COMMENTARY | America is in a quandary. The economy is failing to correct itself at anything approaching decent speed and threats of a double-dip recession still loom. Europe faces economic turmoil, China grows ever stronger, the Middle East is riddled with violence and the Mexican drug war threatens to spill more bloodshed across our borders.
The most important issue to voters, the economy, sees independents and moderates unimpressed with Democratic incumbent Barack Obama and Republican challenger Mitt Romney, an ABC News/Washington Post poll reports.
Obama's economic policies are seen as unfavorable by 54 percent of independent voters, with 38 percent viewing them favorably. Romney's policies are seen as unfavorable by 47 percent of independents, with only 35 percent viewing them favorably. The poll found liberals support Obama more strongly than conservatives support Romney, but that Obama has increasingly lost support among wealthier Americans needed to supply invaluable political donations.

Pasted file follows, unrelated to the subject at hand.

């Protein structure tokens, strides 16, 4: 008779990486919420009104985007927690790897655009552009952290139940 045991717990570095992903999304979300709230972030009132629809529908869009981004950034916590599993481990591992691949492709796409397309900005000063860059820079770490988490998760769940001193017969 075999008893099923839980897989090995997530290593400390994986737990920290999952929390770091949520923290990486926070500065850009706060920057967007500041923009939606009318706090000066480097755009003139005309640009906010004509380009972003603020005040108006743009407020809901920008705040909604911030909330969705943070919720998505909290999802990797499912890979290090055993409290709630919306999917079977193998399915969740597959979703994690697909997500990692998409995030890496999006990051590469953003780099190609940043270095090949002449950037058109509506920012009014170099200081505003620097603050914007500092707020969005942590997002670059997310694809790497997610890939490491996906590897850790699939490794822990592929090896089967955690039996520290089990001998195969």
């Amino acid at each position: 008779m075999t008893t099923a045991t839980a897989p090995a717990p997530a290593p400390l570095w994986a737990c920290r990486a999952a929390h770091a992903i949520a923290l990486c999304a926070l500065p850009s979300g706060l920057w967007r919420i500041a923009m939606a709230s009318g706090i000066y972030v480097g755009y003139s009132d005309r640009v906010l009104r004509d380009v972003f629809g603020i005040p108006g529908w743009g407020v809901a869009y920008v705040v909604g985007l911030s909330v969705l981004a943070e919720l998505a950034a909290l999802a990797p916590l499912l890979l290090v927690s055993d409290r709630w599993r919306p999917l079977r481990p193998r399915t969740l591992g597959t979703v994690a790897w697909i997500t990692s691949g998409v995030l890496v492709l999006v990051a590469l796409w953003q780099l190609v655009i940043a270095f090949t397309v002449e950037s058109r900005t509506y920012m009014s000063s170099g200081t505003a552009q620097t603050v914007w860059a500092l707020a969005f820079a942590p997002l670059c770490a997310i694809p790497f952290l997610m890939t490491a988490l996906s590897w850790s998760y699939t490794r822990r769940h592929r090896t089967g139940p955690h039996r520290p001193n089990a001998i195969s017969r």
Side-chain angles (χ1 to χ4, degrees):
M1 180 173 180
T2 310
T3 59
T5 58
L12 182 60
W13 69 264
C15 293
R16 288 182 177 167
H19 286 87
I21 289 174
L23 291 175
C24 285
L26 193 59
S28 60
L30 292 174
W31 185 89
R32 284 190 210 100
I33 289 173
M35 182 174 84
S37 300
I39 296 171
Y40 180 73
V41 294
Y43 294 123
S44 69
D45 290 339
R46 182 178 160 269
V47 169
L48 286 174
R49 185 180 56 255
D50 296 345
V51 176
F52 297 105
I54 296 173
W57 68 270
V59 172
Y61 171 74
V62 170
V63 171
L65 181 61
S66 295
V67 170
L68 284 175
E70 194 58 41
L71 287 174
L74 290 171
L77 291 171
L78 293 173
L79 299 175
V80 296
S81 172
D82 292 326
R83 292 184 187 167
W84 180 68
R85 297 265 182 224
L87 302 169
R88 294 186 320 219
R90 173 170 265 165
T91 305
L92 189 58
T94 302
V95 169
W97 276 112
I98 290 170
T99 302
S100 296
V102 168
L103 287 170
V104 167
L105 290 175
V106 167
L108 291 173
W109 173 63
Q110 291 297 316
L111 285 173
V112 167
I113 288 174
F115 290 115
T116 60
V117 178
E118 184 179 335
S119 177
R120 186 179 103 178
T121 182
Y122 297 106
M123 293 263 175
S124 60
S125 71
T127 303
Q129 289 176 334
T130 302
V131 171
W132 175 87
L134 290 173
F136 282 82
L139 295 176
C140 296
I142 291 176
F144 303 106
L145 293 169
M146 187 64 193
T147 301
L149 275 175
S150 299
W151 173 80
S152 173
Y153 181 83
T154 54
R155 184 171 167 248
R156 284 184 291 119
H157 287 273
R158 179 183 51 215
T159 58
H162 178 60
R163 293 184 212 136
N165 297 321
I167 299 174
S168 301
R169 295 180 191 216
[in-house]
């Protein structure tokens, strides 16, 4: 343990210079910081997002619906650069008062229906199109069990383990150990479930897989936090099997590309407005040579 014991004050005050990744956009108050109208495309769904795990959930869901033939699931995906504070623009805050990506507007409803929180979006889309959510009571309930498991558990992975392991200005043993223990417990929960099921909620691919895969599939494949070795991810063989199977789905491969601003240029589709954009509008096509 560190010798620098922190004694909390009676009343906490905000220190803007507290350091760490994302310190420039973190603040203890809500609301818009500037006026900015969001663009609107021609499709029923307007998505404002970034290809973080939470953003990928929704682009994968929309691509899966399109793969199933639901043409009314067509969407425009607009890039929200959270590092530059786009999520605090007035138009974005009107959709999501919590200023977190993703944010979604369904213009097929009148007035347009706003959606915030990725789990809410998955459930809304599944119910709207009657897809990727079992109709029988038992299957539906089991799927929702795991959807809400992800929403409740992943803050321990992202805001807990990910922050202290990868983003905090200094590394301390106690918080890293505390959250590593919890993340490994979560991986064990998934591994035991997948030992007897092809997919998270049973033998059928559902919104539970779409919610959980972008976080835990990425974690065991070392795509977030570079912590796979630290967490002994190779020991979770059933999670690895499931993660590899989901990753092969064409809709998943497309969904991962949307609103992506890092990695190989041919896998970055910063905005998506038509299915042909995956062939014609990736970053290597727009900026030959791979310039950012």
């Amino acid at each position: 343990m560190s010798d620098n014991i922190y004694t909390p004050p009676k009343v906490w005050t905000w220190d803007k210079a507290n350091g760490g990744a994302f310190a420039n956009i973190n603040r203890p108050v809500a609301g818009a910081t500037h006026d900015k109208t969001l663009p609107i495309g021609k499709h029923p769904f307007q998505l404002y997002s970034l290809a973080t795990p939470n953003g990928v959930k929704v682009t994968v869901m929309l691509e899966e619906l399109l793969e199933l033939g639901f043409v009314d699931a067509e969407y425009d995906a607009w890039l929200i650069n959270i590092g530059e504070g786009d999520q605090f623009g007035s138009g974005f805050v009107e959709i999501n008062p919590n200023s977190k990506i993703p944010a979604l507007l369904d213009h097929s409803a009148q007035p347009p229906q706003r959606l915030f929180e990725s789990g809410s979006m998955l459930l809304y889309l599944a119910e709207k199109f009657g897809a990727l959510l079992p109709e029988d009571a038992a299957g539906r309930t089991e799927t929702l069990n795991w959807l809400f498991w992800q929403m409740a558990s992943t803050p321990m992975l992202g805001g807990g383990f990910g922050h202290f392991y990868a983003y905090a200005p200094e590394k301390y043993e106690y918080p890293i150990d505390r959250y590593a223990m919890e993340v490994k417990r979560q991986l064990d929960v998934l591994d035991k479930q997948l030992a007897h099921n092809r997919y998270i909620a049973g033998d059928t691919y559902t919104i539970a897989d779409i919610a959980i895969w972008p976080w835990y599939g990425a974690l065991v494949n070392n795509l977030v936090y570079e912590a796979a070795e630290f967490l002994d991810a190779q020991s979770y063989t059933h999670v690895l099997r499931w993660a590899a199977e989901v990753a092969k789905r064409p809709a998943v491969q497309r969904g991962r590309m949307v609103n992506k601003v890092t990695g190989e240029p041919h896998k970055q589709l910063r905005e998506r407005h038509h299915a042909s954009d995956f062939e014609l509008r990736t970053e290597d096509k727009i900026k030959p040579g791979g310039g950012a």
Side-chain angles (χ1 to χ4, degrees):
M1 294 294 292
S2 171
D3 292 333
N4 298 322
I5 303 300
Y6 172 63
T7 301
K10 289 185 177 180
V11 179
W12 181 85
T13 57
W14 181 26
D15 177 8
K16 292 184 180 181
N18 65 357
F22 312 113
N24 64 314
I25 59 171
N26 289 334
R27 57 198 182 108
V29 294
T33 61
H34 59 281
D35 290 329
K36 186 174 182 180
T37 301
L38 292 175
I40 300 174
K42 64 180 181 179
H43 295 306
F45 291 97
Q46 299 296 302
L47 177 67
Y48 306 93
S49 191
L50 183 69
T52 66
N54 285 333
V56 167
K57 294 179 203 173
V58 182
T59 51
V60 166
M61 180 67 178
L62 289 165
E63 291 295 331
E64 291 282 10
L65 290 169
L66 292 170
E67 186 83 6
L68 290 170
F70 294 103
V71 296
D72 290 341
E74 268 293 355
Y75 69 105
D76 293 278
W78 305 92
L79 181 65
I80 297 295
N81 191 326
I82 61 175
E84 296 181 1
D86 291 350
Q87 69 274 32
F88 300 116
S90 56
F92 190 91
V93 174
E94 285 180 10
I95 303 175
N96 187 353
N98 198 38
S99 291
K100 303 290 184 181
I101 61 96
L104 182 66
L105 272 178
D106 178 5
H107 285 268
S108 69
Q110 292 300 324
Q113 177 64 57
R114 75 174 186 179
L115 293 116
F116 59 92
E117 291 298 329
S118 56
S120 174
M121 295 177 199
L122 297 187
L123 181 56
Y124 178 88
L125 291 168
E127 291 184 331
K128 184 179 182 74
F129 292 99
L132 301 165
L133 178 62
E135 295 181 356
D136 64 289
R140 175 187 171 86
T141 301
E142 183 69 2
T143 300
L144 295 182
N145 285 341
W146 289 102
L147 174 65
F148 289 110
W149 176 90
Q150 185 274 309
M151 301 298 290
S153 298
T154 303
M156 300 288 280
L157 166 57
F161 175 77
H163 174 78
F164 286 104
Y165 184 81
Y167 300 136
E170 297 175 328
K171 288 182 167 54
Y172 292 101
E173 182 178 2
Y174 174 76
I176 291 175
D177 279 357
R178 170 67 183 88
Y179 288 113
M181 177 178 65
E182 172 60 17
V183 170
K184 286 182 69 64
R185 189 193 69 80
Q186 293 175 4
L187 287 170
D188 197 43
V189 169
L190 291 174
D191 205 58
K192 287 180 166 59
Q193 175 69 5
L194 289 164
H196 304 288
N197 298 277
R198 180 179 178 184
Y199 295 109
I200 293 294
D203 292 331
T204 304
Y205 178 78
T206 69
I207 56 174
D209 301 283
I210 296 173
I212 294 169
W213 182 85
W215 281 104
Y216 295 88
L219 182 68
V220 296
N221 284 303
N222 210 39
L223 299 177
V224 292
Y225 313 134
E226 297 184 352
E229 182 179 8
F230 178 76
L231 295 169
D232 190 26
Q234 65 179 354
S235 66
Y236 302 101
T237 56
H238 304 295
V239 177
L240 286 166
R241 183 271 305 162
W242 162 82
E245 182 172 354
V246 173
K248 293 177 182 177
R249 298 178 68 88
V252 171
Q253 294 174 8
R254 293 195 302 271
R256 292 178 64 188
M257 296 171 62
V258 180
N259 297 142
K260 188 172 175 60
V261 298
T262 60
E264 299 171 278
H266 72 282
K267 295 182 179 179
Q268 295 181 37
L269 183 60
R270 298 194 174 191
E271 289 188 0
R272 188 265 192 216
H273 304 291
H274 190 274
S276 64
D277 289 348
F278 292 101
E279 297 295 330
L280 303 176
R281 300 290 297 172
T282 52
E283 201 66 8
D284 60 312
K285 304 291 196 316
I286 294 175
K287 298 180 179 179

With Obama and Romney flagging and sputtering on the campaign trail, time is ripe for a dynamic, pragmatic independent candidate to make a bid for the Oval Office. While an independent will almost certainly not win, he or she has the opportunity to force practical concessions from Democrats and Republicans.
With unprecedented amounts of political polarization among the voting public threatening to ruin bipartisan efforts in almost any policy area, it is imperative to find some way to bring Democrats and Republicans back toward the political center.
An independent candidate threatening to capture invaluable moderate and independent votes is the right tool at the right time, virtually guaranteed to force both major parties to snap to attention and refocus on pragmatism.
The five months until Election Day is more than enough time for a wealthy and well-connected independent candidate to dramatically alter the political landscape in a positive way. Obama and Romney need some healthy competition and voters need more choices.
Our nation's future success hinges on being able to rededicate our politics to pragmatic solutions and enlightening debate, not hostile rhetoric.
- Politics & Government
- Barack Obama